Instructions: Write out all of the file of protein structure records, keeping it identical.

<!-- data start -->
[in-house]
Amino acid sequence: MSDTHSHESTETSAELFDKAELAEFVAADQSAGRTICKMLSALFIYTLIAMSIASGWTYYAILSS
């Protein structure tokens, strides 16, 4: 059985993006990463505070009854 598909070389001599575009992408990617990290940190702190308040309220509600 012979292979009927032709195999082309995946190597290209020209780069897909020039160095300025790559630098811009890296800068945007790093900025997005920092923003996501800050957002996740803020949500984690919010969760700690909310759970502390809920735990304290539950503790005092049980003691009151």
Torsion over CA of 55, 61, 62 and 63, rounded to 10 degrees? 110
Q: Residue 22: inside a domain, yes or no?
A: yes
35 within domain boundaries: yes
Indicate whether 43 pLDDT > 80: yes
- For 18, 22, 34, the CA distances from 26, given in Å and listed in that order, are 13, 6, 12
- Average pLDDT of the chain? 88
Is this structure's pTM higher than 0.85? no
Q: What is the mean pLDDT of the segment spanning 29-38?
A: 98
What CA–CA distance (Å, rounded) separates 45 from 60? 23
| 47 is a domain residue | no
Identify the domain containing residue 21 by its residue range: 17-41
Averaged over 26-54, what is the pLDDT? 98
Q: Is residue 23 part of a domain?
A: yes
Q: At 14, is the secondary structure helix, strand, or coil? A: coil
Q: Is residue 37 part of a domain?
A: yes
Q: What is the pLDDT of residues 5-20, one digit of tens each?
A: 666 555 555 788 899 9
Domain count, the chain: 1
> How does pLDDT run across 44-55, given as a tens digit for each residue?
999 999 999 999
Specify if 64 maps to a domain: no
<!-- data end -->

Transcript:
[in-house]
Amino acid sequence: MSDTHSHESTETSAELFDKAELAEFVAADQSAGRTICKMLSALFIYTLIAMSIASGWTYYAILSS
């Protein structure tokens, strides 16, 4: 059985993006990463505070009854 598909070389001599575009992408990617990290940190702190308040309220509600 012979292979009927032709195999082309995946190597290209020209780069897909020039160095300025790559630098811009890296800068945007790093900025997005920092923003996501800050957002996740803020949500984690919010969760700690909310759970502390809920735990304290539950503790005092049980003691009151």
Torsion over CA of 55, 61, 62 and 63, rounded to 10 degrees? 110
Q: Residue 22: inside a domain, yes or no?
A: yes
35 within domain boundaries: yes
Indicate whether 43 pLDDT > 80: yes
- For 18, 22, 34, the CA distances from 26, given in Å and listed in that order, are 13, 6, 12
- Average pLDDT of the chain? 88
Is this structure's pTM higher than 0.85? no
Q: What is the mean pLDDT of the segment spanning 29-38?
A: 98
What CA–CA distance (Å, rounded) separates 45 from 60? 23
| 47 is a domain residue | no
Identify the domain containing residue 21 by its residue range: 17-41
Averaged over 26-54, what is the pLDDT? 98
Q: Is residue 23 part of a domain?
A: yes
Q: At 14, is the secondary structure helix, strand, or coil? A: coil
Q: Is residue 37 part of a domain?
A: yes
Q: What is the pLDDT of residues 5-20, one digit of tens each?
A: 666 555 555 788 899 9
Domain count, the chain: 1
> How does pLDDT run across 44-55, given as a tens digit for each residue?
999 999 999 999
Specify if 64 maps to a domain: no